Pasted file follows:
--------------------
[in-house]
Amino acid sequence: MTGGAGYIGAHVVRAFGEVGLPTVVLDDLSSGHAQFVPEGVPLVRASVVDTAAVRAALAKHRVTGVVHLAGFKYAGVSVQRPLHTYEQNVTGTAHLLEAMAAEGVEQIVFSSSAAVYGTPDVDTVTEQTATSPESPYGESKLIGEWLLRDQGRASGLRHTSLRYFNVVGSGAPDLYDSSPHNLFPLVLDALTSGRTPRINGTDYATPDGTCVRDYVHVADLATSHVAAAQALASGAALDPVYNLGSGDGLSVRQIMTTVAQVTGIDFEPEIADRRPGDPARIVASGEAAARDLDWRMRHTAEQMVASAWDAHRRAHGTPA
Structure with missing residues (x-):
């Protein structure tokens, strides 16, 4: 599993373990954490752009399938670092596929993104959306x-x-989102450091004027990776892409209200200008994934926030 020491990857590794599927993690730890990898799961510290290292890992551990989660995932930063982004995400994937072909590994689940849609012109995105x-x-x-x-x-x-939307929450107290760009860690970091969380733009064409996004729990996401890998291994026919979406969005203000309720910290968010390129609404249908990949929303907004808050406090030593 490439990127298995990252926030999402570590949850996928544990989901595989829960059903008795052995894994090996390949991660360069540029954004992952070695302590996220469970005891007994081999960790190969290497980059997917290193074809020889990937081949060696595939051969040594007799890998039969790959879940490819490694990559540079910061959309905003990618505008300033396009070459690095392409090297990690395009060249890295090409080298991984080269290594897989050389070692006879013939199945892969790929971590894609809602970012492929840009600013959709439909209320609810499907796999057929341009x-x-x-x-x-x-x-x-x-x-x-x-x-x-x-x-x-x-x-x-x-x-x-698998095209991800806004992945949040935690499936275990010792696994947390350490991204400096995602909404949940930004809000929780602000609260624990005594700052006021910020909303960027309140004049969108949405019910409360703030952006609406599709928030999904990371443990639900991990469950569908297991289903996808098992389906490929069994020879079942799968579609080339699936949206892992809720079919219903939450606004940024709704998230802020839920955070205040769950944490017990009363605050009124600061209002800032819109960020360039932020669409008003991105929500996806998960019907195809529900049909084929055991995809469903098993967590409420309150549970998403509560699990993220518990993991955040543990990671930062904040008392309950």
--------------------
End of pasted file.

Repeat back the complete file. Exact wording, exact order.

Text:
[in-house]
Amino acid sequence: MTGGAGYIGAHVVRAFGEVGLPTVVLDDLSSGHAQFVPEGVPLVRASVVDTAAVRAALAKHRVTGVVHLAGFKYAGVSVQRPLHTYEQNVTGTAHLLEAMAAEGVEQIVFSSSAAVYGTPDVDTVTEQTATSPESPYGESKLIGEWLLRDQGRASGLRHTSLRYFNVVGSGAPDLYDSSPHNLFPLVLDALTSGRTPRINGTDYATPDGTCVRDYVHVADLATSHVAAAQALASGAALDPVYNLGSGDGLSVRQIMTTVAQVTGIDFEPEIADRRPGDPARIVASGEAAARDLDWRMRHTAEQMVASAWDAHRRAHGTPA
Structure with missing residues (x-):
């Protein structure tokens, strides 16, 4: 599993373990954490752009399938670092596929993104959306x-x-989102450091004027990776892409209200200008994934926030 020491990857590794599927993690730890990898799961510290290292890992551990989660995932930063982004995400994937072909590994689940849609012109995105x-x-x-x-x-x-939307929450107290760009860690970091969380733009064409996004729990996401890998291994026919979406969005203000309720910290968010390129609404249908990949929303907004808050406090030593 490439990127298995990252926030999402570590949850996928544990989901595989829960059903008795052995894994090996390949991660360069540029954004992952070695302590996220469970005891007994081999960790190969290497980059997917290193074809020889990937081949060696595939051969040594007799890998039969790959879940490819490694990559540079910061959309905003990618505008300033396009070459690095392409090297990690395009060249890295090409080298991984080269290594897989050389070692006879013939199945892969790929971590894609809602970012492929840009600013959709439909209320609810499907796999057929341009x-x-x-x-x-x-x-x-x-x-x-x-x-x-x-x-x-x-x-x-x-x-x-698998095209991800806004992945949040935690499936275990010792696994947390350490991204400096995602909404949940930004809000929780602000609260624990005594700052006021910020909303960027309140004049969108949405019910409360703030952006609406599709928030999904990371443990639900991990469950569908297991289903996808098992389906490929069994020879079942799968579609080339699936949206892992809720079919219903939450606004940024709704998230802020839920955070205040769950944490017990009363605050009124600061209002800032819109960020360039932020669409008003991105929500996806998960019907195809529900049909084929055991995809469903098993967590409420309150549970998403509560699990993220518990993991955040543990990671930062904040008392309950």